The unit dedicated to the reign of Solomon in the Books of Kings is composed of an extraordinary mixture of diVerent materials, presenting an excellent example of a work in the making whose process of formation is still clearly apparent. The parallel material in the Septuagint of 3 Kingdoms, on the one hand, and in the Books of Chronicles, on the other, show major diVerences in comparison with the Books of Kings. This article touches on the intriguing question of whether 3 Kingdoms (LXX) and Chronicles preserve stages previous or parallel to the formation of the Books of Kings or are rather later redactions based on a version similar to the canonical version. More speci. cally, it is argued that there are no straightforward interrelations between the seemingly similar features re? ected in 3 Kingdoms and Chronicles-contra A.G. Auld's simplistic approach to the history of Kings versus Chronicles.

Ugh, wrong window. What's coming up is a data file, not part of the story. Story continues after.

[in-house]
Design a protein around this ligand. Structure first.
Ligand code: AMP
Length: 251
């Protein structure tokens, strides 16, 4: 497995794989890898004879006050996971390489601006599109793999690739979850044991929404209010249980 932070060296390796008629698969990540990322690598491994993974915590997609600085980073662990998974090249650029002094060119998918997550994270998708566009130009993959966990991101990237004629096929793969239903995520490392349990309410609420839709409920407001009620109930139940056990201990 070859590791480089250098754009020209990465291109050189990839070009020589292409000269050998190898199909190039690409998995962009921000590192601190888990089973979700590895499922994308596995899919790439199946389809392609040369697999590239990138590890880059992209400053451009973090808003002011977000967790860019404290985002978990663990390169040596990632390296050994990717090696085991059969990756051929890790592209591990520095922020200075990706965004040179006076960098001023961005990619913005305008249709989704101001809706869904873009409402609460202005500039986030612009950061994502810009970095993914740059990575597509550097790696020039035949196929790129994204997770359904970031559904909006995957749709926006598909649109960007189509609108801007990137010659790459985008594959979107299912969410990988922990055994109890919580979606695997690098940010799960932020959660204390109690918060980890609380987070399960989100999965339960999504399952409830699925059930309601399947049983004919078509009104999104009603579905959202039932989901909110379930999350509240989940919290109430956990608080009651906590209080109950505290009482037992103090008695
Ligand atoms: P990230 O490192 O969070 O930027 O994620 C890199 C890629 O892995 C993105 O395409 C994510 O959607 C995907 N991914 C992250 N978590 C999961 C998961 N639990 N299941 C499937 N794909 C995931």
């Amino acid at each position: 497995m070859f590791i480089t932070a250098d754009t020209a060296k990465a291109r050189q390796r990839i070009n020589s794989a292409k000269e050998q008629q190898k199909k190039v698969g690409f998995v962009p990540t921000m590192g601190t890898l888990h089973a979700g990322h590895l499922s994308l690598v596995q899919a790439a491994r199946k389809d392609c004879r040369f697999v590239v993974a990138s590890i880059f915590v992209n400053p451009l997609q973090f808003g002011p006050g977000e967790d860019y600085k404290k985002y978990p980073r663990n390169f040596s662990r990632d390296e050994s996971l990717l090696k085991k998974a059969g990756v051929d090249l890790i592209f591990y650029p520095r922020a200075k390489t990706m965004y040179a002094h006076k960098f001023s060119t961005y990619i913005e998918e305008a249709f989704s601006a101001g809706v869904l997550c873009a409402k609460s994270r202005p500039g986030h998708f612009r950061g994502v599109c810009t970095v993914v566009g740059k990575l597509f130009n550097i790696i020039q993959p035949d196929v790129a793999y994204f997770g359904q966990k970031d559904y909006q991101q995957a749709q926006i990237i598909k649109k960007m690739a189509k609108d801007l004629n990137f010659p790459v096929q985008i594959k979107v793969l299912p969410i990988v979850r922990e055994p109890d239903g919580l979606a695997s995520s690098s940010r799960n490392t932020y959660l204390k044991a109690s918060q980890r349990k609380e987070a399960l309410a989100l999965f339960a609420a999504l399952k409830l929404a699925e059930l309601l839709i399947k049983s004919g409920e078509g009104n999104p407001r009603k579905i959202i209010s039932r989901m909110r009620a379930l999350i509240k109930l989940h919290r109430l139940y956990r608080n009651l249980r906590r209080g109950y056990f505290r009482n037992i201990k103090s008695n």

ASJC Scopus subject areas
- Language and Linguistics
- Religious studies
- Linguistics and Language
- Literature and Literary Theory